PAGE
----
The 1.7 million federal retirees who would be put on a 4 percent COLA (cost-of-living adjustment) diet for the next three years come in all shapes and sizes, but have a few important things in common:
All either worked for Uncle Sam long enough to earn an annuity, or were married to somebody who did. All have seen promised benefit cutbacks in recent years.
Many feel that politicians of both parties--especially Republicans and particularly President Reagan--con them at election time with pension-protection promises that fade after the votes are counted.
Some retirees are doing well, thanks to the government retirement system. But the majority are living modestly. They watch the Consumer Price Index the way deep-sea fishermen watch the barometer.
Earlier this week the Senate Governmental Affairs Committee went along with the budget (already approved by the Senate and House) which caps the next three annual pay and pension adjustments for federal workers and retirees at 4 percent.
Retirees now get a raise each March to match the previous year's rise in living costs. Five months ago they got an 8.7 percent raise.
Lots of retirees think they have gotten a bad rap from the media, which has frequently quoted a few retired members of Congress and former federal officials who complain that their own retirement checks are embarrassingly high.
Some points about retirees:
* They are scattered across the nation (heavy in Florida, California, Virginia and Texas) and 110,000 live in foreign countries. There are 100,000 former military and feds here.
* Their average age is 66.9 years. Their average age at retirement is 59.3 years.
* There are 1.3 million retirees; 458,000 survivors.
* The average monthly annuity is just over $1,000. The average survivor benefit is just under $450.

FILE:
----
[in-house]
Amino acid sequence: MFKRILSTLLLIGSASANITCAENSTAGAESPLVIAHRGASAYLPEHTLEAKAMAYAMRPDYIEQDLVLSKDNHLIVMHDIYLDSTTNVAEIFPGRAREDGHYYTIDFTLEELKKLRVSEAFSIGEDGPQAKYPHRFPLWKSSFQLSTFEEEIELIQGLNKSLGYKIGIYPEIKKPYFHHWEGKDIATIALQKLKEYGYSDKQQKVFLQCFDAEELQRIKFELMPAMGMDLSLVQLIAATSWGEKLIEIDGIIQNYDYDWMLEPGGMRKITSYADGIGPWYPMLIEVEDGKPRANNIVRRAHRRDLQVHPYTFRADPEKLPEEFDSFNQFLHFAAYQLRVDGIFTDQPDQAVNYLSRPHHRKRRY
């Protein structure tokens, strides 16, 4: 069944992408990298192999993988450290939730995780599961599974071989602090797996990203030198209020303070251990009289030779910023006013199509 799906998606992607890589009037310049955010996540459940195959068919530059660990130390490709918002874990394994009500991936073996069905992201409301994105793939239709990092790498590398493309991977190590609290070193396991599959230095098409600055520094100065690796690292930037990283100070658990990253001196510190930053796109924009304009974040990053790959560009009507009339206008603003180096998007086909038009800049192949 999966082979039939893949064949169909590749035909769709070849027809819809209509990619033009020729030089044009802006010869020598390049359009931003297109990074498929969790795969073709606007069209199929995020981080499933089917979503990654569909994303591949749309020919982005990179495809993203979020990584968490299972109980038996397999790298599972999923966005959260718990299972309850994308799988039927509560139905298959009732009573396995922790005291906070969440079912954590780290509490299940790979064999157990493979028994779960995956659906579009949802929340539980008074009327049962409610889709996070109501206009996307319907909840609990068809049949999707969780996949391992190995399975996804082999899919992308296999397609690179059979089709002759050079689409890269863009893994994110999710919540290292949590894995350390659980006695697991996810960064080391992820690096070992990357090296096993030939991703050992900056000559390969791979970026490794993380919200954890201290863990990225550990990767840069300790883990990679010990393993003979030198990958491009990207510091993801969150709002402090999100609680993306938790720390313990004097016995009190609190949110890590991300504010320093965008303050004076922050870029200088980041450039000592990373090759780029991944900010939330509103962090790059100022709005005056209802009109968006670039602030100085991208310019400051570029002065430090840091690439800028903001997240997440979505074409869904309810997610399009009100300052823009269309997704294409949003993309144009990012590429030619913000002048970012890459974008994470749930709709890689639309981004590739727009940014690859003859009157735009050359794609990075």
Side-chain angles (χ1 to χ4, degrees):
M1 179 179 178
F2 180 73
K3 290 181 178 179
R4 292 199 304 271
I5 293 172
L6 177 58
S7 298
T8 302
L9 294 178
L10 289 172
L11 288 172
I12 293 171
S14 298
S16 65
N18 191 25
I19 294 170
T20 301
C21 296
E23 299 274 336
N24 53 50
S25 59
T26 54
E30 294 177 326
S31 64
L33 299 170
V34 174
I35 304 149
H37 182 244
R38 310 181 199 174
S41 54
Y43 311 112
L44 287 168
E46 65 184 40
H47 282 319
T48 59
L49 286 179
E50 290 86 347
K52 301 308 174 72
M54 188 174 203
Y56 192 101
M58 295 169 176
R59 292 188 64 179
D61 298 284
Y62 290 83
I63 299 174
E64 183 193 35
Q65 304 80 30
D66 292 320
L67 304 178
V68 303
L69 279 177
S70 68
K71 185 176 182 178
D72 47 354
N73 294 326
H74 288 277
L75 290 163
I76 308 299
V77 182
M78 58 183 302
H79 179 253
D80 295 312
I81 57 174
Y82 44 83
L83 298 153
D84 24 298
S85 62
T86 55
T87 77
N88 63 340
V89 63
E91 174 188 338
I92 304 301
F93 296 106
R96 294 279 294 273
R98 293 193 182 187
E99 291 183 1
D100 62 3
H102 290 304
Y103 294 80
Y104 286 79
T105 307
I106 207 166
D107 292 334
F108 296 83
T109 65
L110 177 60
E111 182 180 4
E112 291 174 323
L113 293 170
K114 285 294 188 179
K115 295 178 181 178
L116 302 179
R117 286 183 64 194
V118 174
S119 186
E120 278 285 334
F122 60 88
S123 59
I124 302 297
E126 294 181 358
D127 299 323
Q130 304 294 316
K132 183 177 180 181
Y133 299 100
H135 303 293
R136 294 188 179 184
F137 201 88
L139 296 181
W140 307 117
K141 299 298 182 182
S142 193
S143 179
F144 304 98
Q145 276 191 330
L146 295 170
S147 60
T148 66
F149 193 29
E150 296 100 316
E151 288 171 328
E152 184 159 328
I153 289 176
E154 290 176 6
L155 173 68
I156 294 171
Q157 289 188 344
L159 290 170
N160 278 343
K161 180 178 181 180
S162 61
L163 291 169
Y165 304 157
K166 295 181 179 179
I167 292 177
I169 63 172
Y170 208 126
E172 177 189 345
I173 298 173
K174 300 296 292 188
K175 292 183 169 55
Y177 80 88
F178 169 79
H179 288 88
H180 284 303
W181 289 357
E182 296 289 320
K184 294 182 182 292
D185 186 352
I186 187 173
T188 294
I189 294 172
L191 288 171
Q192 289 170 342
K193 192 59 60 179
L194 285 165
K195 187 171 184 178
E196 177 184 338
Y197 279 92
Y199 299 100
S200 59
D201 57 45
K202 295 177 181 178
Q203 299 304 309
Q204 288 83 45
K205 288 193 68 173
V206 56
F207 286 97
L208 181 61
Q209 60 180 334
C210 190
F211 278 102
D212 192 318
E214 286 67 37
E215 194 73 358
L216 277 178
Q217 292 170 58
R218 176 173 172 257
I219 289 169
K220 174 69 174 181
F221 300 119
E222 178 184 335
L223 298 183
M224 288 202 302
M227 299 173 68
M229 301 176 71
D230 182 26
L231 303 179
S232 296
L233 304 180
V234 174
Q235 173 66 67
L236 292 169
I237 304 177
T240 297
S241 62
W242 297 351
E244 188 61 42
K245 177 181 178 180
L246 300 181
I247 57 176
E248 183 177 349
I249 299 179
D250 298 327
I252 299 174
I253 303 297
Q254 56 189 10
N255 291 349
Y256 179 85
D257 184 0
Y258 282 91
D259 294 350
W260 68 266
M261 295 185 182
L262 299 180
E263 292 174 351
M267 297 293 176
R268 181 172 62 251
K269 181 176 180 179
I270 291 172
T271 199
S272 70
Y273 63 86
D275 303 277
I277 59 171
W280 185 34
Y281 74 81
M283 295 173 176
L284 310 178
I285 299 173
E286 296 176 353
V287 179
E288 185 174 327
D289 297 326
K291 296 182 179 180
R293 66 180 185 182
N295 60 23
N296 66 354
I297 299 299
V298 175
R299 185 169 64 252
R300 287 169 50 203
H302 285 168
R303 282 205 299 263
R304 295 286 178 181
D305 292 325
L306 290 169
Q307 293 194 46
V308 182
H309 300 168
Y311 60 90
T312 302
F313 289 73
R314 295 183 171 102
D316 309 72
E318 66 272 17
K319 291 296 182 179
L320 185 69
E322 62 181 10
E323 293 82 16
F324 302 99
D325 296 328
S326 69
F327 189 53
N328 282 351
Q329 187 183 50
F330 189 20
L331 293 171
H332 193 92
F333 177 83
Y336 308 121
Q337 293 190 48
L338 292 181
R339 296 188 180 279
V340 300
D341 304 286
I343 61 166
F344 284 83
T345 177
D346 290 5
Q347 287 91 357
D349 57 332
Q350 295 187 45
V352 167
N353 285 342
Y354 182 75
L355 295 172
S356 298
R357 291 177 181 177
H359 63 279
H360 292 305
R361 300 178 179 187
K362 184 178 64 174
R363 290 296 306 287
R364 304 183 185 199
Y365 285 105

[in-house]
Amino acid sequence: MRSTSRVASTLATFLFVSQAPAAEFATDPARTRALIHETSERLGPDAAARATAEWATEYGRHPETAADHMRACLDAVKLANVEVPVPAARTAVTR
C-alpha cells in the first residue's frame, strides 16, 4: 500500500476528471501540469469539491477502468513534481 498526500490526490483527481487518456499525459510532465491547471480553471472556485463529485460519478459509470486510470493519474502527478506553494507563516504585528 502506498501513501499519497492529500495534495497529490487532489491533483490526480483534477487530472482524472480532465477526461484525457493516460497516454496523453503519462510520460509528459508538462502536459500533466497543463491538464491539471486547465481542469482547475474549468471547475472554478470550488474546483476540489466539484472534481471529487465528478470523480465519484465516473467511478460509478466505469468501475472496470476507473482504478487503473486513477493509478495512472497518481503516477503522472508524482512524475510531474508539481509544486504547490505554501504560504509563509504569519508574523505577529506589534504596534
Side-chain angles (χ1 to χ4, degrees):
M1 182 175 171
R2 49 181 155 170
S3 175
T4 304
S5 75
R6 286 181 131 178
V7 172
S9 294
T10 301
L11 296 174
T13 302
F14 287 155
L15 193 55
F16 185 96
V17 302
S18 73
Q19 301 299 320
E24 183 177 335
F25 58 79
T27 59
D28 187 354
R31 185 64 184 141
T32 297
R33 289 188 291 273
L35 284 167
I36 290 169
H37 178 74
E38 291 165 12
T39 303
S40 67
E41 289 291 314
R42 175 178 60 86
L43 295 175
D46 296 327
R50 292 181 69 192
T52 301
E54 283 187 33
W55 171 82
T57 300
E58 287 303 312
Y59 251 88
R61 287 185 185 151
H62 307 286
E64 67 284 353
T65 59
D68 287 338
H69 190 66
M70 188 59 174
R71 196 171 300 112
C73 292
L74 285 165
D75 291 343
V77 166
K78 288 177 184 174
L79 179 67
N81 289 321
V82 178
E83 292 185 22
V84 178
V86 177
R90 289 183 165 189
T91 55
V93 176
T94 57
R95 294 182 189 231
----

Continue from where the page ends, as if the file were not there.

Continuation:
* More than 1,000 get monthly pensions of less than $50. About 74,000 get less than $200 a month, and 270,000 get less than $500 a month.
* About 10,000 retirees (mostly long-service, high-salaried officials and members of Congress) get about $3,000 monthly.
* Percentage raises for retirees during the late 1970s period of high inflation went up faster than pay of federal employes, because pay was frequently capped by Congress or the White House.
* Some top-paid workers who retired during the period of double-digit inflation (when pay was capped) now get annuities that are higher than their former salaries. Retirees blame inflation for this, not the system.
* The annual payout to retirees is over $15 billion a year, plus $2.4 billion to survivors. Washigton area retirees get over a billion dollars a year. Retirees range from relatively well-off ex-supergraders to former clerks who live from month to month.
* The U.S. retirees whom politicians and the media see tend to be from the financial elite, the ones who have good incomes, second careers and summer homes. They rarely hobnob with ex-civil servants living in Georgia trailer parks, or apartments in College Park.
* Last election two candidates--Jimmy Carter and John Anderson--proposed limiting retirees to one COLA raise a year. Candidate Ronald Reagan pledged, in writing to the National Association of Retired Federal Employees, that he would not tamper with their twice-yearly adjustments if elected.
A followup poll by NARFE showed that better than 80 percent of its half million members voted for Reagan. The poll results were hardly public before Reagan proposed--and Congress agreed--to eliminate the September COLA adjustment, and give retirees one raise a year
Most feds realize their retirement plan is one of the nation's best. They help pay for it and, unlike Social Security, pay taxes on it. It is one reason they came into government. But a lot of them wish Congress and the White House would tackle the problem--inflation--not their catch-up-with-inflation raises.